It seems obvious looking at latest election results. Bush II vs. Kerry—almost a dead heat. Bush II vs. Gore—a dead heat. Clinton vs Dole—no voter majority. Clinton vs. Bush I—no voter majority. It seems the UNITED States is truly two separate voting blocks, and has two separate sets of morals and goals. Fairly soon, one side of voters is not going to like what the other side wants, and will decide that voting is not going to be enough. But what is the next step?
It seems apparent that each of the latest elections has gotten more heated. Candidates have gotten more political. Allegedly, more money has to be raised to propel a candidate to the presidency. The signs should be obvious to many. The issues are numerous, but interestingly the divide seems to closely adhere to ‘party’ lines. There are other parties other than Democrats and Republicans, and for those many tend to cross party lines on various issues. But their followers are few, and not as numerous as the two majors.
The major dividing issues seem to be abortion, the war against terrorism, health care, global warming, taxes, race, the deficit, and homosexual marriage. And in most issues, you are either right or you are wrong. And the penalty for being wrong is worse than you can imagine. But many seem to believe that admitting that they might be wrong is even worse than ‘worse than you can imagine’.
The issues seem very straightforward. If you believe that abortion is wrong and refuse to abort even though it may not be wrong, few bad things will result. But if you believe abortion’s ‘OK’, but it really is taking a ‘life’, you can forget about a good afterlife. The interesting item is that the same will be true if you vote for a candidate who is for keeping abortion legal.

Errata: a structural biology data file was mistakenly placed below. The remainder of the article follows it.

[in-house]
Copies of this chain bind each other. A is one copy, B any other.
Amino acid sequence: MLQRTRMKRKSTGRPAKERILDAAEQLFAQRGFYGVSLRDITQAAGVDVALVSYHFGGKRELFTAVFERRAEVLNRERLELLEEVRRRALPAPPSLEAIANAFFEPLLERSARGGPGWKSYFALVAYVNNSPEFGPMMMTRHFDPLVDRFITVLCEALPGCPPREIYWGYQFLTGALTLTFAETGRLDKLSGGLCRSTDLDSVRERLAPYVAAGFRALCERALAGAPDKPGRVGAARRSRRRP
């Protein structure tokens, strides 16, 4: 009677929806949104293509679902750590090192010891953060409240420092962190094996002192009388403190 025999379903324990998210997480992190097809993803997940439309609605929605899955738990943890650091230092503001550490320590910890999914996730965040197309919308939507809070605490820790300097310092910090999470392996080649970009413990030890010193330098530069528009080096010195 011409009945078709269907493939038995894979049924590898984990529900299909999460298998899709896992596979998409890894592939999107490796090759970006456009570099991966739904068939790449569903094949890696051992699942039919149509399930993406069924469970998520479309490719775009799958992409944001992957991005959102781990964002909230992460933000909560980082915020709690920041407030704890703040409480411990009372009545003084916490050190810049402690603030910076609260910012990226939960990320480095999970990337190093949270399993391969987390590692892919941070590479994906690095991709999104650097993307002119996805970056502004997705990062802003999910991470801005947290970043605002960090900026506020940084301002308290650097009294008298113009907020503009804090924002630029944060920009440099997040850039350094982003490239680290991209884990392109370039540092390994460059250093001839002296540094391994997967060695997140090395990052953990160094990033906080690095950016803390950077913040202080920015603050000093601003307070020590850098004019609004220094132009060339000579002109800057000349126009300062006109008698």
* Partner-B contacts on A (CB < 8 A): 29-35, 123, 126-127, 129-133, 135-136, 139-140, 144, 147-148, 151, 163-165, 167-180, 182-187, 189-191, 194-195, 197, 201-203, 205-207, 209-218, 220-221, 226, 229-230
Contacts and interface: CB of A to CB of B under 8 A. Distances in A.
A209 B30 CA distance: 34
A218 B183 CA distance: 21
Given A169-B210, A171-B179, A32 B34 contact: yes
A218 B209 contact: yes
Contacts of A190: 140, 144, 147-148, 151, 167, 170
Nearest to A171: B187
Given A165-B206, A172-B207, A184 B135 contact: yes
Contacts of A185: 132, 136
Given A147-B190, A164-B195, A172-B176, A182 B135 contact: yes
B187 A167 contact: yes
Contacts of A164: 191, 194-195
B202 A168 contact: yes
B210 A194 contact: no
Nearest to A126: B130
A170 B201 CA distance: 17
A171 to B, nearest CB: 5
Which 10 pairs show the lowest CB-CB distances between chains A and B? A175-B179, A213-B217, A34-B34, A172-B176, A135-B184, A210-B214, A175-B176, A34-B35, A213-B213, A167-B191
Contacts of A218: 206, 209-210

In the war on terrorism, if every American pulls out of Iraq, then less Americans are killed initially. But terrorists will know that terrorism is a sure means to their end. How long will it take to have another terrorist strike on American soil? What about another one worse than 9/11? There was no “War on Terrorism” that instigated 9/11, but it’s easy to forget that now. Who would think that terrorists would quit because we pulled out of Iraq?
One would think ‘federal health care’ is the best of both worlds. But there grows the federal deficit again. A very unfriendly government bureaucracy that does things their way, another federal giveaway, and we get to pay the costs no matter what.
Global warming has to be the biggest hoax of the century. It is known the earth has temperature cycles every 1500 years, and that all warming comes directly from our sun. It is known that sunspots directly affect the atmosphere, and that the sun is the hottest it’s been for the last 1000 years. Compound that with the information that our Sun is a variable star, and that CO2 is a constant commodity. But many only want to believe what they’re recently told.
It is a known fact that taxes(Laffer Curve and all tax decreases) if decreased all the way to 15% will result in more government revenue. But some feel the need to be taxed for pet peeve issues. The deficit has been reduced every year on record after 9/11, and will eventually produce a surplus. Even so, spending is way out of hand. If certain ‘government’ agencies would have been denied, it’s likely that a surplus would have resulted last year.
Why would one ‘race’ stick with a party that has given them nothing, but promised everything? The ‘other’ party had a larger percentage voting for civil rights back years ago, it has more promise for entrepreneurs, and its administration has different races and genders directly involved with the running of the country. Are we missing something?
Homosexual marriage seems to be a major political issue today, but it wasn’t 20 years ago. Many are obsessed with individual pleasure, and not worried about continuation of the species. Not only that, but no ‘gay’ gene has ever been found. Maybe we’re missing more than we think.
All those key issues will usually dictate whether you will vote Democrat or Republican. The real questions are: 1) Will the incorrect party ever admit being incorrect? 2) With both parties so diametrically opposed, what will be the next move when their party loses? 3) Will one of the parties decide that the Constitution no longer holds their most precious values and their best route to satisfaction? 4) Will a revolution actually be realized because the viewpoints are separating, and not converging? 5) Will the US stay unified, or will they revert to a fourth-world state? 6) Who will come out the victor? 7) Will that revolution stay bloodless?
From our present course, the ending looks mired indeed--especially when many of the issues are so cut-and-dry, and right or wrong. Stay tuned. You won’t want to miss this ending.